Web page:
In her latest anti-woman contrarian triumph, Roiphe makes a lot of misguided arguments, including that sexual harassment is too much of an “umbrellalike” charge, thus mistakenly grouping together ostensibly serious claims like “demanding sex in exchange for a job” with those that are more agreeable to Roiphe, such as a comment about someone’s dress.
Similarly, the spectacular decline and fall of notorious skeezeball and celebrated mediocre philosopher Colin McGinn, recently let go (ahem, “retired”) from his position at the University of Miami, is, according to Roiphe, the story of a man who “lost everything because of a 26-year-old woman.” Because, 100%, of the woman—not, in fact, because Colin McGinn is a well-known student-schtupper whose shenanigans got him in trouble at every previous job he ever had, including Rutgers, where he had an actual “plum” position, as opposed to the definitely-not-plum position (despite Roiphe’s ludicrous characterization) at Miami, which is a poorly-ranked program at a poorly-ranked institution, hardly befitting a Philosopher of Mind of his mind’s stature. 
Any time you see a senior professor with long and distinguished publication record teaching somewhere not-that-prestigious, but who used to teach somewhere more prestigious, that is almost 100% because that person fucked someone he wasn’t supposed to. Usually a grad student. Usually his own grad student. It happens all—and I mean all—the time. And it is deplorable, despite what Roiphe says about she, herself, preferring a “powerful, arrogant man” and resenting the fact that apparently in our society, that is a punishable offense, which makes perfect sense when you think about the relative power, arrogance and maleness of nearly every single Fortune 500 CEO in existence.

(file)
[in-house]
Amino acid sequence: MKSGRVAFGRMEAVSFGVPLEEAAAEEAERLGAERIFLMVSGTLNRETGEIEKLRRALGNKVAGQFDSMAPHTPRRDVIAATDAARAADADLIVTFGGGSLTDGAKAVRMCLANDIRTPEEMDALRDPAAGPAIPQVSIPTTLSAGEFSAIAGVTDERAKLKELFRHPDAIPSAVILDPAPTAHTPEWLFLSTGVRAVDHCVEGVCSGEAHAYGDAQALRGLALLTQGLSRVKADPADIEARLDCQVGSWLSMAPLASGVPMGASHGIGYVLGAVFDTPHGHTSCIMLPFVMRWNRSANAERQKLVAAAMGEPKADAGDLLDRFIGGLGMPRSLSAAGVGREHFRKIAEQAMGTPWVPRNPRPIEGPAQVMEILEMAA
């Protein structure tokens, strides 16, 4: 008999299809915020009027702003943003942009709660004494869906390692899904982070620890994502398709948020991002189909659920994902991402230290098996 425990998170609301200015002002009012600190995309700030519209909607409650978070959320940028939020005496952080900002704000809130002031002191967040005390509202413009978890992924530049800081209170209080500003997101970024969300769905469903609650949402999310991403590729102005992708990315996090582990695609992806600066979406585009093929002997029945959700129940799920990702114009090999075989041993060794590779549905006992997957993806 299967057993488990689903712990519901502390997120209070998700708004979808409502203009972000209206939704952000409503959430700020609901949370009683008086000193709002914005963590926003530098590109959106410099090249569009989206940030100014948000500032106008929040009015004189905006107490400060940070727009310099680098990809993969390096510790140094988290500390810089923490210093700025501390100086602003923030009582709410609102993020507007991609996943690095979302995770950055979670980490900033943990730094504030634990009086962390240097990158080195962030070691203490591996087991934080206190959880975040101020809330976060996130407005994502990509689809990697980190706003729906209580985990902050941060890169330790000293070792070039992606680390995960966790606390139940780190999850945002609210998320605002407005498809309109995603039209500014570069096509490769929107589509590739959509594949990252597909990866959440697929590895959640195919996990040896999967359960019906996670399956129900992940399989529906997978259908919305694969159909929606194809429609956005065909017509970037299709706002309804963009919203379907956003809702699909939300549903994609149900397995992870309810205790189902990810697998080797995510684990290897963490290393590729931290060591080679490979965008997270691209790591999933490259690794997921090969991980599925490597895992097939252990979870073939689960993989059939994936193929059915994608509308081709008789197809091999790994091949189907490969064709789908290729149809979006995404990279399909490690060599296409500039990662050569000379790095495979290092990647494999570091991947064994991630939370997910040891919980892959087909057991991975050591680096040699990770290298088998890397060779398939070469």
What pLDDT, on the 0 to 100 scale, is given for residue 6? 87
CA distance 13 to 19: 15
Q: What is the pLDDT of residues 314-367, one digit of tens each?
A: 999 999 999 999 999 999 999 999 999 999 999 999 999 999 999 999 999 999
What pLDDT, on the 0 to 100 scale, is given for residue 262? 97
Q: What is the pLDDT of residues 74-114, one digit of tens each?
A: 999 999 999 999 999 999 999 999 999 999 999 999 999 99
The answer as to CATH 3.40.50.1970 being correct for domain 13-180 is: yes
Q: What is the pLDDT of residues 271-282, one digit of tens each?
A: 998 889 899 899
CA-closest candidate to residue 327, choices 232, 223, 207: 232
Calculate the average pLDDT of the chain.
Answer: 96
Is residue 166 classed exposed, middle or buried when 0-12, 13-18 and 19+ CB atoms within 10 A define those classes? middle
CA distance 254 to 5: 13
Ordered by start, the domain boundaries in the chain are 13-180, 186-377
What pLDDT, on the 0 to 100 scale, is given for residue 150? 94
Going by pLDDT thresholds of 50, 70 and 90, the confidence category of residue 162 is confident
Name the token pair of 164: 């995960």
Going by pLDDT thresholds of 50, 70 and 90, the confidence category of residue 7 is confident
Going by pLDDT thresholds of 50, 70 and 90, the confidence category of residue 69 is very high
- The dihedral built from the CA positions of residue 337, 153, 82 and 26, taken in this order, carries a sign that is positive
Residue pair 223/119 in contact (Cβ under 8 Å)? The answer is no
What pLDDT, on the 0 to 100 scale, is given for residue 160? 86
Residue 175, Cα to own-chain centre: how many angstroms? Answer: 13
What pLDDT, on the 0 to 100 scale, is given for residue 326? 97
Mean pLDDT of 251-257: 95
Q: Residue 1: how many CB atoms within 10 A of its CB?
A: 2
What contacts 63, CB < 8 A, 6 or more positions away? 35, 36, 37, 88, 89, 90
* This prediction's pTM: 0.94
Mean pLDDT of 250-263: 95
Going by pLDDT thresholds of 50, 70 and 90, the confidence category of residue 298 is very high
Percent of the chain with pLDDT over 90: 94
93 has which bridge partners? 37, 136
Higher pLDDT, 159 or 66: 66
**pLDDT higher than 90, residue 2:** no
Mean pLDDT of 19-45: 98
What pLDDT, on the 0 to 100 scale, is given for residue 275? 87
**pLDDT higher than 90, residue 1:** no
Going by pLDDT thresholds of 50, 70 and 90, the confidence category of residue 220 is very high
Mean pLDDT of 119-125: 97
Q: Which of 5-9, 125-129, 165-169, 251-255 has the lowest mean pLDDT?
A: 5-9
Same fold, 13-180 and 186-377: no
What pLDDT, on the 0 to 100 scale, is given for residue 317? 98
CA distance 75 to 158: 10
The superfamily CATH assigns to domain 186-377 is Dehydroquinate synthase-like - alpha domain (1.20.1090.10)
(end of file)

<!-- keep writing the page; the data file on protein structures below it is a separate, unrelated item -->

Why McGinn had to take the fall for what hundreds of senior professors just like him do every day will remain a mystery—perhaps he just did it so much that eventually something had to give. Perhaps he has so many enemies in Philosophy of Mind that he was under extra scrutiny. Perhaps he just got unlucky and the victim of this particular bit of skeeviness was unusually brave–and if you look at the hundreds of disparaging comments on Roiphe’s article (which I am not linking to because it is an odious hagiography that doesn’t even deserve this mention, much less a link), you’ll see why that kind of bravery is rare.
 
For most of the comments agree with Roiphe. This 26-year-old woman isn’t a “victim” of anything. If anything, she is the perpetrator: a scorned lover who manipulated the rules of an institution to get back at the scorner. Because, as Roiphe describes emails Colin McGinn sent her when he wasn’t busy having Skype-sex with her, erm, I mean, being “interviewed,” this woman welcomed the advances. She advanced back. She flirted. She called him “dearest.” She is just as guilty as he is. The “only” thing he did wrong was not report their relationship to authorities and remove himself as her mentor and employer.
All right, first of all—that’s not “only,” that is a major and fireable offense. And second of all, here is the main reason for this rant: It does not matter at all that she seemed into it at the beginning. It falls under the school’s sexual harassment statute because of the power imbalance inherent in the situation.
But let's face it, Roiphe has such a sweet niche going on. She makes her living defending the white male establishment that still runs everything. She is never going to lose money on that proposition.

And only an idiot like Daphne Merkin would stoop so low as to pal around with her. They so deserve each other.

No comments:

Post a Comment